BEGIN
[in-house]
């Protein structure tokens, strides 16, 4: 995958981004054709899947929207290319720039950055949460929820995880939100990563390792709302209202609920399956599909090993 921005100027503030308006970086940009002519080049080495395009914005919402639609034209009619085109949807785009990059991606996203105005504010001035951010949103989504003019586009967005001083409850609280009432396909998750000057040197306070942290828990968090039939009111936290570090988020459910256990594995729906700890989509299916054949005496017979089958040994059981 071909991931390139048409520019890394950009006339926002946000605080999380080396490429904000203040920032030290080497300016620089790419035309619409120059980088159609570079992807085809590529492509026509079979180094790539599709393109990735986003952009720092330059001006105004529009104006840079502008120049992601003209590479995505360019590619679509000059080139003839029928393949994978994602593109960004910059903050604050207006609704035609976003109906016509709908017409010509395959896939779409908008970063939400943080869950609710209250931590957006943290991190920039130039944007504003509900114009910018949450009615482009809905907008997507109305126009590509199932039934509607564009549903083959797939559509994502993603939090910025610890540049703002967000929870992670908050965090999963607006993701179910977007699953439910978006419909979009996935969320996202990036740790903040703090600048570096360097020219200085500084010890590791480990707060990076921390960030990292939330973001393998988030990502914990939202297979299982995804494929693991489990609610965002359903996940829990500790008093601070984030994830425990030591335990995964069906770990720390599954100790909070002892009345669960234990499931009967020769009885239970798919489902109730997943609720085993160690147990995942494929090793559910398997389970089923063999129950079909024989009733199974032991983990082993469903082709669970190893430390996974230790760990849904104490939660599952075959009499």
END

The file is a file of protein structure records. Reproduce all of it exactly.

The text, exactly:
[in-house]
């Protein structure tokens, strides 16, 4: 995958981004054709899947929207290319720039950055949460929820995880939100990563390792709302209202609920399956599909090993 921005100027503030308006970086940009002519080049080495395009914005919402639609034209009619085109949807785009990059991606996203105005504010001035951010949103989504003019586009967005001083409850609280009432396909998750000057040197306070942290828990968090039939009111936290570090988020459910256990594995729906700890989509299916054949005496017979089958040994059981 071909991931390139048409520019890394950009006339926002946000605080999380080396490429904000203040920032030290080497300016620089790419035309619409120059980088159609570079992807085809590529492509026509079979180094790539599709393109990735986003952009720092330059001006105004529009104006840079502008120049992601003209590479995505360019590619679509000059080139003839029928393949994978994602593109960004910059903050604050207006609704035609976003109906016509709908017409010509395959896939779409908008970063939400943080869950609710209250931590957006943290991190920039130039944007504003509900114009910018949450009615482009809905907008997507109305126009590509199932039934509607564009549903083959797939559509994502993603939090910025610890540049703002967000929870992670908050965090999963607006993701179910977007699953439910978006419909979009996935969320996202990036740790903040703090600048570096360097020219200085500084010890590791480990707060990076921390960030990292939330973001393998988030990502914990939202297979299982995804494929693991489990609610965002359903996940829990500790008093601070984030994830425990030591335990995964069906770990720390599954100790909070002892009345669960234990499931009967020769009885239970798919489902109730997943609720085993160690147990995942494929090793559910398997389970089923063999129950079909024989009733199974032991983990082993469903082709669970190893430390996974230790760990849904104490939660599952075959009499």